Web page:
Quantum Physics for 7 Year Olds | Dominic Walliman | TEDxEastVan

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Translator: Leonardo Silva Reviewer: Mile Živković So, have you ever had this experience? You're having a chat with someone and they're telling you something about a subject they're very interested in or they know a lot about, and you're following along. Then, at some stage you realize you kind of lost the thread of what they saying. And then, you're standing there and you realize you have absolutely no idea what they're talking about. (Laughter) I had this recently with a friend who knows a lot about investing. And it's something I don't know a huge amount about, but it's very important, very useful information. But he started talking about kind of diversified investment portfolio - blah - (Laughter) And unfortunately, I went away with no useful information. So, I think it's a situation we all are familiar with, and fortunately there's things you can do to improve this situation, which is what I'm going to talk about today. So, I'm a scientist. I work in the area of quantum physics. And so, I've been on both sides of this kind of interaction. I've both been the guy explaining very complicated material to someone, but I've also been on the receiving end of lots of very kind of intense scientific discussions with my colleagues. And, when this kind of breakdown of communication happens, I've noticed something interesting, which is that, as a person who's stopped understanding, you feel kind of guilty about it. But, if you think about it, this is completely wrong, it's the wrong way around because at that point in time, there's literally nothing you can do to understand better. But there is something that the other person can do to help you understand by finding a better way of explaining what they're talking about. And so - during my experience in science, I found that the only way to survive was to kind of have the courage to politely stop the person who is explaining, say, "I'm sorry, I don't understand what you're saying," and then try and go back and start off from where I'd lost the thread. And it does take a bit of courage to do this because you're kind of admitting that you don't know, you know, the subject matter. But I think that's OK, and in fact, my fears were completely unwarranted. Generally people respect you if you care much about, you know, knowing the right information or care about, like, understanding it properly. So, I think we should never ever feel bad about not knowing something and we should never feel bad about asking questions. So, I do a lot of science communication, and science really has this communication issue with it because generally the subject matter is very complex. And you might know scientists are always complaining about how their research is being misrepresented by the media, like "Drinking wine cures cancer." (Laughter) It totally doesn't, by the way. But on the other hand, you can kind of understand how journalists will maybe oversimplify things or get things wrong because, to explain cutting-edge research, you kind of need a PhD in the subject beforehand, and that's not something we can expect, you know, the media, journalists to have in all the different scientific disciplines. So, I think the world would be very well-served by a whole load of people who are really good at science communication, people who understand the science but can also explain it in a way that the general public can understand. And this is important for many reasons, but one reason is you might know that just about all the science research that goes on around the world is publicly funded. So, it'd be nice if the general public could actually understand the work that their money is going towards. But for me, the even more important reason that science communication is good is because it's also interesting. The research going on is so fascinating it'd be nice if people could access it. Take my field for example, quantum physics. I find quantum physics to be a deeply interesting subject, but it's one that gets this reputation of being incredibly difficult. And that's fair, it gets complicated when you get down into the details, but it doesn't mean you can't talk about it at all. So, let me get a show of hands. So, put your hand up if you don't know what quantum physics is. And if you don't, don't feel bad about it. Raise your hand, you know. Own your ignorance. It's totally fine. Okay, okay, right. So, quantum physics is the description of the smallest things in our universe. So, if you zoom right down smaller than cells, down to the scale of molecules, atoms, and things atoms are made of, you know, subatomic particles, protons, neutrons, electrons, it just describes how they all work and also how they interact with light. And the interesting thing about quantum physics is it's like the fundamental rules of the universe, and yet, the things that happen there are so very strange. So, I'll tell you a few of the phenomena that go on in quantum physics. One you might have heard of is called particle wave duality. So, you can imagine all these subatomic particles, these protons, neutrons, electrons, like little bouncy balls, kind of bouncing around, bouncing off each other. But sometimes you have to treat them as like spread-out waves. And they kind of do both at the same time, which is hard for us to imagine. So, I'll paint a picture. Imagine dropping one of these bouncy balls into like a pond of water. The ball would disappear, and then you'd get these ripples going out over the surface. Now, imagine one of the ripples hits, say, a stick. All of the ripples on the surface disappear, and by that stick suddenly a bouncy ball pops out again. That's kind of strange for us to think about, right? But this is the kind of behavior that goes on in the subatomic realm all the time. Another phenomena you might have heard is called quantum tunneling. So, imagine I've thrown one of these bouncy balls against a window. So, it would be like bounce - oh, sorry - throw, bounce, catch - throw, bounce, catch - throw - It's gone completely through the window. It's not smashed it. It's not interacted with it at all. It's just suddenly on the other side of the window and you can see it flying away. (Laughter) If we saw that, we'd think it was crazy, right? But this goes on at the subatomic realm all the time. In fact, it's the only reason we exist. So, you might know that, in the Sun, the way it generates energy is through nuclear fusion. And nuclear fusion is when two hydrogen atoms come together and the protons in their nucleus bounce off each other. Now, if it wasn't for quantum tunneling, they'd bounce off each other and nothing would happen. But what actually happens is they quantum-tunnel into each other, and that's what lets them fuse and release the sunlight, and without that sunlight, we wouldn't exist. So, we can thank quantum tunneling for our existence. Another phenomenon is called superposition. And it's a very fancy word, but all it means it something that can do opposite things at the same time. So, for example, I can spin around one way, I can spin around the other way, but what would it look like for me to spin around in both directions at the same time? (Laughter) We can't do that, we can't imagine that, but this is what these subatomic particles do all the time. And in fact, we can kind of do it, at least bits of us can. So, if you've ever been in an MRI machine, what an MRI machine does is it finds all the hydrogen atoms in your body and makes them spin around in both directions at the same time in this superposition. This is what allows us to see inside of people's bodies. So, it's interesting that all of this physics seems so kind of abstract and remote from our everyday experience. And yet, it's happening inside our bodies, we're made of quantum stuff. So, it's happening everywhere around us. And it's no just MRI machines that we use tech like quantum physics for. There's been a whole host of other technologies that come about because of our understanding of quantum physics. So, one of those is our understanding of silicon allowed us to invent the silicon chip, which is in every single computer in the world. So, the entire computing infrastructure of the world exists because of our understanding of quantum physics. And it's in other things, like lasers - they're quite useful - and nuclear power plants. And there's this other sound bite you might have heard about quantum physics: it's that no one really understands quantum physics. Well, that's actually wrong. We do understand quantum physics very well, and you'd kind of hope that we did if it forms the technology MRI machines or nuclear power stations. What they mean when they say that is that when we try and picture in our heads something that can be both a particle and a wave at the same time, or something that can spin around in two directions at the same time, we find it very hard to picture that in our heads. But we can describe it all very well using mathematics. So, it's fascinating that something can be so counterintuitive on one hand, but yet, can be so practically useful on the other. So, I really enjoy explaining science to people. I make YouTube videos and also write kids books for the age range around seven to eleven-year-old, and I really like pushing myself, I don't hold back on the science, I like explaining the most complicated subjects to that age. So, quantum physics, nanotechnology, relativity, rocket science, those kinds of things. And I've come to the conclusion that you can pretty much explain anything to anybody, as long as you go about it the right way, and I've come up with a set of principles I work by to do that. So, I'm going to share these with you. So these are my four principles of good science communication. And I say science, but it can be any kind of technical communication. Okay. So, number one: start off in the right place. So, everyone's got a different background, everyone's got a different set of knowledge. And it's our job to explain the information in terms that they already understand. It's no good leaving a gap and starting from there because they're not going to follow along. It's better to, yeah, form the information from what they already understand. And how do you do this? It's as simple as asking them questions about what they know, or even starting an explanation and then asking, "Do you already get this?," or, you know, "Is this making any sense?" And if you're talking to an audience, you have, you know, to make your best guess, and a show of hands can be useful too. It's always better to err on the side of caution. People generally don't mind hearing information that they already know. Okay. Principle two: don't go too far down the rabbit hole. People can only take on a certain amount of information at any one time, and we have to just be realistic about that. So, it's better to explain, say, three things that someone will understand and remember rather than barrage them with a whole load of information that kind of undoes all of your good work, to begin with. So, I could have carried on talking about quantum physics, but hopefully I gave you enough examples that kind of piqued your interest and you can go away with. Okay. Number three: clarity beats accuracy. So, when we're explaining things with examples, the temptation is to give the most scientifically accurate explanation, but they tend to be long and kind of convoluted. It's better to come up with a simpler explanation that maybe isn't completely technically correct, but it gets the point across. Imagine they're here, and the complete explanation is here. All you want to do is just get them along that path. So, for example, when I was talking about spin in quantum systems, the truth is actually a little bit more abstract, of spinning in these subatomic particles, but what I tell you is a good picture, and, you know, if people are still interested, you can always iron out the details later. Okay. Number four: explain why you think it's cool. (Laughter) If you're explaining something to someone, you know, there's a reason why you're doing it. Either you think it's super important or very, very interesting. And the more that you can convey that to someone, the more likely they are to remember it and kind of get some value from it And you can do this in many ways. One way is just to show your enthusiasm for the subject. Another way is to show, using examples, how it's relevant to their lives. So, for example, quantum physics: every time you turn on your phone, you're invoking the fundamental laws of the universe to do your bidding - (Laughter) as you tweet photos of your cat. (Laughter) So, those are my four principles. So, I'd just like to leave on an anecdote. When I meet people for the first time, and I introduce myself and say I'm a physicist, I get one reaction more commonly than any other, which is like, "Ooh, physics. I was rubbish at physics in school." (Laughter) And it happens so often it's such a shame. You know, science shouldn't be about whether you're good at it or not. It should only be about whether you're interested. And so, if you find science intimidating or you have found science intimidating, I just encourage you: there's so much good information out there these days. Just pick the subject that you're interested in, find some material, and then just, from there, follow your curiosity. Thank you. (Applause) (Cheers)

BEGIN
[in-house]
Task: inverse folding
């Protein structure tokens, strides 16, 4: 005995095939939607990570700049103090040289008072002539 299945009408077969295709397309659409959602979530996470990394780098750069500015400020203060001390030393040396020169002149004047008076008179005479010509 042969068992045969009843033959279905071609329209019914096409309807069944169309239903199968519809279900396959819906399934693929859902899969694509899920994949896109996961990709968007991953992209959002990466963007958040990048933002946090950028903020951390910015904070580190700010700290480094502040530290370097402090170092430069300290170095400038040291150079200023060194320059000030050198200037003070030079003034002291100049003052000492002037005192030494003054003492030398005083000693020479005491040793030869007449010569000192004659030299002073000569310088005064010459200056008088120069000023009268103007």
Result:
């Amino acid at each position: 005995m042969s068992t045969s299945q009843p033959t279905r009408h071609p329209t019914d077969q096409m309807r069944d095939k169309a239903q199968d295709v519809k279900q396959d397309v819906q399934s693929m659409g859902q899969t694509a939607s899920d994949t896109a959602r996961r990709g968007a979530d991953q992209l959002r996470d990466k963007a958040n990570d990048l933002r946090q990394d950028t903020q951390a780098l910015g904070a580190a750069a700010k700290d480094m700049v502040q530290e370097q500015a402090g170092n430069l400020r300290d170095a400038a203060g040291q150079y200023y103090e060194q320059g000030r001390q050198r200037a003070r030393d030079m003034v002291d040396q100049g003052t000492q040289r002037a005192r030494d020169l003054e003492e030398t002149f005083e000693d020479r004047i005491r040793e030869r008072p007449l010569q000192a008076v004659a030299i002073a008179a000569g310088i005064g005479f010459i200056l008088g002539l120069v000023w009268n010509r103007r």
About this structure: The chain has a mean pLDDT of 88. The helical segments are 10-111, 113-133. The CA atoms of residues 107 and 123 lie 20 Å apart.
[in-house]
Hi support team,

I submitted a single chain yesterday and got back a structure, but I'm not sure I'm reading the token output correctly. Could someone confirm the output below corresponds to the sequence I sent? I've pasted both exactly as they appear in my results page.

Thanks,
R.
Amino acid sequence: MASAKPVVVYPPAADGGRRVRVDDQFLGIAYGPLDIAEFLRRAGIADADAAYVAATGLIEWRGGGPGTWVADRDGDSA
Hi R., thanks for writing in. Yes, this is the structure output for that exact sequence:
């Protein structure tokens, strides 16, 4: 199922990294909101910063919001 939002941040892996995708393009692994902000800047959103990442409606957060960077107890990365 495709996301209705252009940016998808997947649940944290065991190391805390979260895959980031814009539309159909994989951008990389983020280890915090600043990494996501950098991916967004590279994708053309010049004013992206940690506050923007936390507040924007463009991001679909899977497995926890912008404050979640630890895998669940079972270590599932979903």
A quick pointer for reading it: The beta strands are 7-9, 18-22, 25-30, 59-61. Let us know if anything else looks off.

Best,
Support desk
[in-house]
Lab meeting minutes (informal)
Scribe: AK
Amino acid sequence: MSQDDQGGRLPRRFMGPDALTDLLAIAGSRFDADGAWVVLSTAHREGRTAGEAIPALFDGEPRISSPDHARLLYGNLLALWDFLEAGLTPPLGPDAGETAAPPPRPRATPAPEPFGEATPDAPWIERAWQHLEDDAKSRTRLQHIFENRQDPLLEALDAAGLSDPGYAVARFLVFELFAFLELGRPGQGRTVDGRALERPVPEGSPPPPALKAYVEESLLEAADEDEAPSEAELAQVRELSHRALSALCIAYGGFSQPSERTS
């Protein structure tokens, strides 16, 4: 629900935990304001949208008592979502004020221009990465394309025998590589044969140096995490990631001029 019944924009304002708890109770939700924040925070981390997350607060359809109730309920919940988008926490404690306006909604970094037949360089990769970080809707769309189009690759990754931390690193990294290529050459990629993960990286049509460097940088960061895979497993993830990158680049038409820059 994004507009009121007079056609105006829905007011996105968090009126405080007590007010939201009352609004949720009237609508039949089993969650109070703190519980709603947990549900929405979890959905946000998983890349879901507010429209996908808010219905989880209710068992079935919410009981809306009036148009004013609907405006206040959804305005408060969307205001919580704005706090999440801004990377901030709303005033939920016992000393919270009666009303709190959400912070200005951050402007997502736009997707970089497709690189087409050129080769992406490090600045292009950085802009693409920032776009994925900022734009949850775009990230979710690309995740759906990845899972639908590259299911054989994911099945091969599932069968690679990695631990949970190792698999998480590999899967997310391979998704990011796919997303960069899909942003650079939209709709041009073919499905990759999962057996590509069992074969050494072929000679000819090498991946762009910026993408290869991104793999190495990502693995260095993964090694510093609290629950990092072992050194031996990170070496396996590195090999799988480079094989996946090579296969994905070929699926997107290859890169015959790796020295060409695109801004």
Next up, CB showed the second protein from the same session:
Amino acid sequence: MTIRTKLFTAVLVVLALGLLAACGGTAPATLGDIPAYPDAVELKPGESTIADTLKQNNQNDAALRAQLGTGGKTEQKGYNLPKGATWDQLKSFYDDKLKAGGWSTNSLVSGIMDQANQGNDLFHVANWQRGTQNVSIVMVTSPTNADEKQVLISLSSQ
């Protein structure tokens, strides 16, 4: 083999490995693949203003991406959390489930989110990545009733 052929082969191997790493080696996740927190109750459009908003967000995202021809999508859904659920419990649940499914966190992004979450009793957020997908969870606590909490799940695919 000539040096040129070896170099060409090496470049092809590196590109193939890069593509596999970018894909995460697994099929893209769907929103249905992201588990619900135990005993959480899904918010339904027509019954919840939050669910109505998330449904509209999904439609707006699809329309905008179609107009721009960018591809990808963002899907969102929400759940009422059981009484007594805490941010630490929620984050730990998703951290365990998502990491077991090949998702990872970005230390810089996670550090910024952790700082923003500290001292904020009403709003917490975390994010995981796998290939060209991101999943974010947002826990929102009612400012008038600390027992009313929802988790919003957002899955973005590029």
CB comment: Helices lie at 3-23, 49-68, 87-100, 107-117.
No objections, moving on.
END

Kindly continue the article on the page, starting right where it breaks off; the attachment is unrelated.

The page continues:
Channel: TEDx Talks
Views: 1,364,827
Rating: 4.8004289 out of 5
Keywords: TEDxTalks, English, Canada, Science (hard), Communication, Education, Physics, Science, Simplicity
Id: ARWBdfWpDyc
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Length: 15min 36sec (936 seconds)
Published: Tue May 24 2016